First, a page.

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the Big Blog Company | Don’t try this at home
“Who yer callin' a sparrow, you schmuck?!”
The bird on the back.
September 03 2004
Don’t try this at home
David Carr • Bloglaw 
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While roaming at large through the wild, borderless world of the internet, it is easy to forget that the real world we actually live in is anything but wild and borderless. Down here on the ground, jurisdiction matters.

Take, for example, Mr Alan Meckler who has been blogging away in the USA about the current litigation in which his company is engaged:

At a recent court hearing over the eMarketer case that I have referenced, I learned that the eMarketer folks have been using my blog entries in the court (See August 17, 2004). I can only presume that this action was taken to show that Jupitermedia means business when it comes to legal actions. I just re-read my recent entry “update” about the case and can find nothing alarming other than an objective report on where the case stands.

Mr. Meckler reminds us that the US judicial system is famously (or infamously, depending on one’s point of view) open on matters of publicity compared to its British counterpart.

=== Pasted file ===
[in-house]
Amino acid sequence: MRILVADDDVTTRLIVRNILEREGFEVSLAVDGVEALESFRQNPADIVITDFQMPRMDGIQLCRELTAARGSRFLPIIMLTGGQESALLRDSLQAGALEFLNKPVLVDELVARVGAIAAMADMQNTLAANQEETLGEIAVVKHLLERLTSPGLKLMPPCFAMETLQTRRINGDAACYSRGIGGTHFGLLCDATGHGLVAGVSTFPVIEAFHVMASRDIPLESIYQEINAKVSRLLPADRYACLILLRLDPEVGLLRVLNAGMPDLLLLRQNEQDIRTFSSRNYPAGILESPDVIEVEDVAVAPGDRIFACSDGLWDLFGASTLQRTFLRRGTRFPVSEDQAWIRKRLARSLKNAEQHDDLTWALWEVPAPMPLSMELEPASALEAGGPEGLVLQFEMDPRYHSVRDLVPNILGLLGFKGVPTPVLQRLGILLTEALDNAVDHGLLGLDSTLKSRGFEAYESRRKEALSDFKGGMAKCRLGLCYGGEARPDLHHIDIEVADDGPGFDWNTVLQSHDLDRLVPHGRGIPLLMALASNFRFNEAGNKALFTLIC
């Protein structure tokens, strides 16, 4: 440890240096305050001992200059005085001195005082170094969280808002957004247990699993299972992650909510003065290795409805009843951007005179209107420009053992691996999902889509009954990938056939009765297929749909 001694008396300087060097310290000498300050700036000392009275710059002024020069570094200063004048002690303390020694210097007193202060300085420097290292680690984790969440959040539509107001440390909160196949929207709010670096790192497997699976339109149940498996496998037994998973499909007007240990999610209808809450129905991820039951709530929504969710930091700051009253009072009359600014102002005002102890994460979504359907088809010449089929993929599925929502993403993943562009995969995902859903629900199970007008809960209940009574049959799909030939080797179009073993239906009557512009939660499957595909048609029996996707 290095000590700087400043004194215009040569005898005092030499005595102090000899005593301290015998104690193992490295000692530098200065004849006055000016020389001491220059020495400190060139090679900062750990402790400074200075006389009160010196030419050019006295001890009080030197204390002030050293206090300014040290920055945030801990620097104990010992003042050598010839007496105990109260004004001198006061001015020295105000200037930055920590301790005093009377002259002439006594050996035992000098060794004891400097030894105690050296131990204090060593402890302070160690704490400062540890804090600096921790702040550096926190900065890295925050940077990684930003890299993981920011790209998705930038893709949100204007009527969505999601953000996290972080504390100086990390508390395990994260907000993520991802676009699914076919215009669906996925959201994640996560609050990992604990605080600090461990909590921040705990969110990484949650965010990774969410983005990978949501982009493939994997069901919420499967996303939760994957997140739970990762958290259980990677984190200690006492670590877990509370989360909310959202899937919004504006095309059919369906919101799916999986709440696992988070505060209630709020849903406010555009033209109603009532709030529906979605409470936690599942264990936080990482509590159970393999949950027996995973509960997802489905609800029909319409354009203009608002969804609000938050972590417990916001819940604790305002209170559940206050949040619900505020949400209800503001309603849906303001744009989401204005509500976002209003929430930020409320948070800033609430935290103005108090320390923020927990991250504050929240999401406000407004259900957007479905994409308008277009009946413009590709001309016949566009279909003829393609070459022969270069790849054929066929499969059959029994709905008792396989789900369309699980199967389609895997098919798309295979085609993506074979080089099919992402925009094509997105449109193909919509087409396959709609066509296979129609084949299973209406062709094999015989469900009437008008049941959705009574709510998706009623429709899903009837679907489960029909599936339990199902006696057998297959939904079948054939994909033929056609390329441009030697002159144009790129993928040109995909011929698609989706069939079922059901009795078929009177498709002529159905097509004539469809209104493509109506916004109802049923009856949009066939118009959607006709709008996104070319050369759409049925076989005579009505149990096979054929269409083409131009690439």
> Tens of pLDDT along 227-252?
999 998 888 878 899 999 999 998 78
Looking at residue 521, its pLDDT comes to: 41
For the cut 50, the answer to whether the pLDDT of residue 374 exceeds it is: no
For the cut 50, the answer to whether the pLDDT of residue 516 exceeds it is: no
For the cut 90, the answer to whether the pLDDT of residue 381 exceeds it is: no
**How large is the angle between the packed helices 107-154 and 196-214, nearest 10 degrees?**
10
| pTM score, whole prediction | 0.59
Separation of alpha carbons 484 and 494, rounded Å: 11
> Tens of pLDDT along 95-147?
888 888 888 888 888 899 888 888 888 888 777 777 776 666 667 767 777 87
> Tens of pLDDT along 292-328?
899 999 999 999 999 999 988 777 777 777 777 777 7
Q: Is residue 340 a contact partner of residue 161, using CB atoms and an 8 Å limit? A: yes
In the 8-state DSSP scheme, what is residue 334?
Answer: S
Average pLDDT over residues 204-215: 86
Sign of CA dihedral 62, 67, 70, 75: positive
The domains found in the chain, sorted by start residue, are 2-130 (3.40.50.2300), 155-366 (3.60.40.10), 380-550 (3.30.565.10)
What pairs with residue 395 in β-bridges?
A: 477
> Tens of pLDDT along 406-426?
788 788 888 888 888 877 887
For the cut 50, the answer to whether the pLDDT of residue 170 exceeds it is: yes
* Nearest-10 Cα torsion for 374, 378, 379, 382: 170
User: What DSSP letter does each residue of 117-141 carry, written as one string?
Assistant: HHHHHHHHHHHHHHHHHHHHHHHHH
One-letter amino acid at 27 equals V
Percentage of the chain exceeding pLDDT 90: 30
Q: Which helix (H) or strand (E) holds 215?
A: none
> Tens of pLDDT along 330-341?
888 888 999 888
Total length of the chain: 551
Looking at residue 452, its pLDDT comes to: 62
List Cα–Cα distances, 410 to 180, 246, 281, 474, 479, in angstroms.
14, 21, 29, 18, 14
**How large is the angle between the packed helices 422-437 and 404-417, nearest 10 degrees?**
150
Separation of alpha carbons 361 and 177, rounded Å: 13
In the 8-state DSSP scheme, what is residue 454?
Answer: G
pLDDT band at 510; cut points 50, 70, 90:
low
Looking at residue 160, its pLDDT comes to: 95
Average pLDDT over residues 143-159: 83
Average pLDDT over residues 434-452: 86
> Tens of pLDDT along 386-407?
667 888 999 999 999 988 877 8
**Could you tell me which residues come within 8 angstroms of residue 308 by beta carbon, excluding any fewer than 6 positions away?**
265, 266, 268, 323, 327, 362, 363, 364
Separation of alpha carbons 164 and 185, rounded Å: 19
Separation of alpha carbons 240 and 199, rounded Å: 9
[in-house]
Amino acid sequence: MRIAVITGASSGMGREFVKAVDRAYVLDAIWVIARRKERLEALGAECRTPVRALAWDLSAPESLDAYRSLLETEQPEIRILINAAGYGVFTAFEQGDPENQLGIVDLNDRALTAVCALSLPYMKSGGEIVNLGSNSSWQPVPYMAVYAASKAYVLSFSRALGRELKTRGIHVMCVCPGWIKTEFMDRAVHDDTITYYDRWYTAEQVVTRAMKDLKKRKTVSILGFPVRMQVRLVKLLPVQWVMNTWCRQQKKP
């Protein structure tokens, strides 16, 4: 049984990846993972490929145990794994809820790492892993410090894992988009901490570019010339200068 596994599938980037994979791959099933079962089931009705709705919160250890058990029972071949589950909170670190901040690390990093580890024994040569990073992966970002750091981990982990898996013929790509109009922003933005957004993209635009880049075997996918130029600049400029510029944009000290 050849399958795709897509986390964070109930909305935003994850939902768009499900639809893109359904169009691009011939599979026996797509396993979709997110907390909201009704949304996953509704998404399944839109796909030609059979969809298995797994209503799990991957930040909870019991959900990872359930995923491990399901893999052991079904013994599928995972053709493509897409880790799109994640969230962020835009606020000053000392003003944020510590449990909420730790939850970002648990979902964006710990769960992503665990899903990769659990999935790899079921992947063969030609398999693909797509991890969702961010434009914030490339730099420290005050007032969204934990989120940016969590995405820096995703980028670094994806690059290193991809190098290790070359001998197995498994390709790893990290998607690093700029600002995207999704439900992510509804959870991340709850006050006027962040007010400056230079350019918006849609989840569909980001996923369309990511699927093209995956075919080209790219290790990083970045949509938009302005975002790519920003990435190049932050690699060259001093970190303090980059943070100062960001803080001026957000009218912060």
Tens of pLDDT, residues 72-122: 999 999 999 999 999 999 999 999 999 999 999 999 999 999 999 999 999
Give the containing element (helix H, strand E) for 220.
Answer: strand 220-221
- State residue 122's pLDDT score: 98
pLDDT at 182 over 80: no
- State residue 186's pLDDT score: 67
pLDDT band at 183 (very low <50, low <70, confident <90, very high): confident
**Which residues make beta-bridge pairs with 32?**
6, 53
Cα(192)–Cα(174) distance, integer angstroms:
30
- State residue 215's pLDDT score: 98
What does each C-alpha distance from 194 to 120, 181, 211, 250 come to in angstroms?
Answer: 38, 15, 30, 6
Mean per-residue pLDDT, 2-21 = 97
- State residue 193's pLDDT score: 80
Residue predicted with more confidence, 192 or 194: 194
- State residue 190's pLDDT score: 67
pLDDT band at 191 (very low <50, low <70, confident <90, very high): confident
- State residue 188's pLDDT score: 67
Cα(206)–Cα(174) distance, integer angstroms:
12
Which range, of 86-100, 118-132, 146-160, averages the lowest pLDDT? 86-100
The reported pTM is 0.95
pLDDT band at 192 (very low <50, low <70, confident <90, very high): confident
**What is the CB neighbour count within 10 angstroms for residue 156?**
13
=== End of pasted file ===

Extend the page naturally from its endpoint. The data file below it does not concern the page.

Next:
Hence, UK bloggers should steer clear of following his example. Under UK law, reporting restrictions on court proceeds apply as a matter of course. Although the bar is set lower in civil proceedings than in criminal matters, once a case is underway the issue is sub judice and publishing details could land the blogger with a charge of Contempt of Court. In serious cases, this can lead to a custodial sentence.

The only safe way to publish details about court cases is to wait until after ‘disposal’ (i.e. the verdict).

And there is also a second important point to remember here, again as kindly illustrated by Mr. Meckler:

… I learned that the eMarketer folks have been using my blog entries in the court.

Remember that everything you blog can be taken down and used in evidence.

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